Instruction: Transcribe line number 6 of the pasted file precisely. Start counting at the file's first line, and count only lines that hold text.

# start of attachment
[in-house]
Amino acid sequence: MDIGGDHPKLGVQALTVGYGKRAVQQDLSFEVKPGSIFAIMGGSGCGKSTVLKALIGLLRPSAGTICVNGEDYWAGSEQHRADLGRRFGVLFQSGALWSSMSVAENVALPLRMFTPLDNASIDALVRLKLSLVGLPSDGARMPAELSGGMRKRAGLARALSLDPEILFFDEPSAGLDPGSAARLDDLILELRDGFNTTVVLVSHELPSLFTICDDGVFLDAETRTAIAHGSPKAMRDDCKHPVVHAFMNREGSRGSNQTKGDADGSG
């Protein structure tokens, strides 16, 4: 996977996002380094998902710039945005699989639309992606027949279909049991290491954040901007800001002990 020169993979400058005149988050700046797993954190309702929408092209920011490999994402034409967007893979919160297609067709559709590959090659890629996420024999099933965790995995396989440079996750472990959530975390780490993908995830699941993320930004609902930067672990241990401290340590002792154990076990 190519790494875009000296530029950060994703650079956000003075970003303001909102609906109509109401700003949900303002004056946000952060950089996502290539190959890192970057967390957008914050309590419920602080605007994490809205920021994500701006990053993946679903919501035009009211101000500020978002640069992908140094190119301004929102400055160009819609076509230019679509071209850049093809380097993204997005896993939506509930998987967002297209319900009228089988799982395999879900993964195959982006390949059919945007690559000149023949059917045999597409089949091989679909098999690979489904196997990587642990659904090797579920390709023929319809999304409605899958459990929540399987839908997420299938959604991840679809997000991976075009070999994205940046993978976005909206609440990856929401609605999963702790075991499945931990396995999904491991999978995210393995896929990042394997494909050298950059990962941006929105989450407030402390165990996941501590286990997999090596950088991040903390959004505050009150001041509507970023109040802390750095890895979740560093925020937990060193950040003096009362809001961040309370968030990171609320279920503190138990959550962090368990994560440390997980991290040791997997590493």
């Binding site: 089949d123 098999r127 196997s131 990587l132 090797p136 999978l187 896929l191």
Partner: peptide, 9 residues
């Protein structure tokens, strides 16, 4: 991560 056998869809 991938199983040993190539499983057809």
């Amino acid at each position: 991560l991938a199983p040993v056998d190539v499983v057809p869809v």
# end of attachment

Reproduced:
């Protein structure tokens, strides 16, 4: 991560 056998869809 991938199983040993190539499983057809």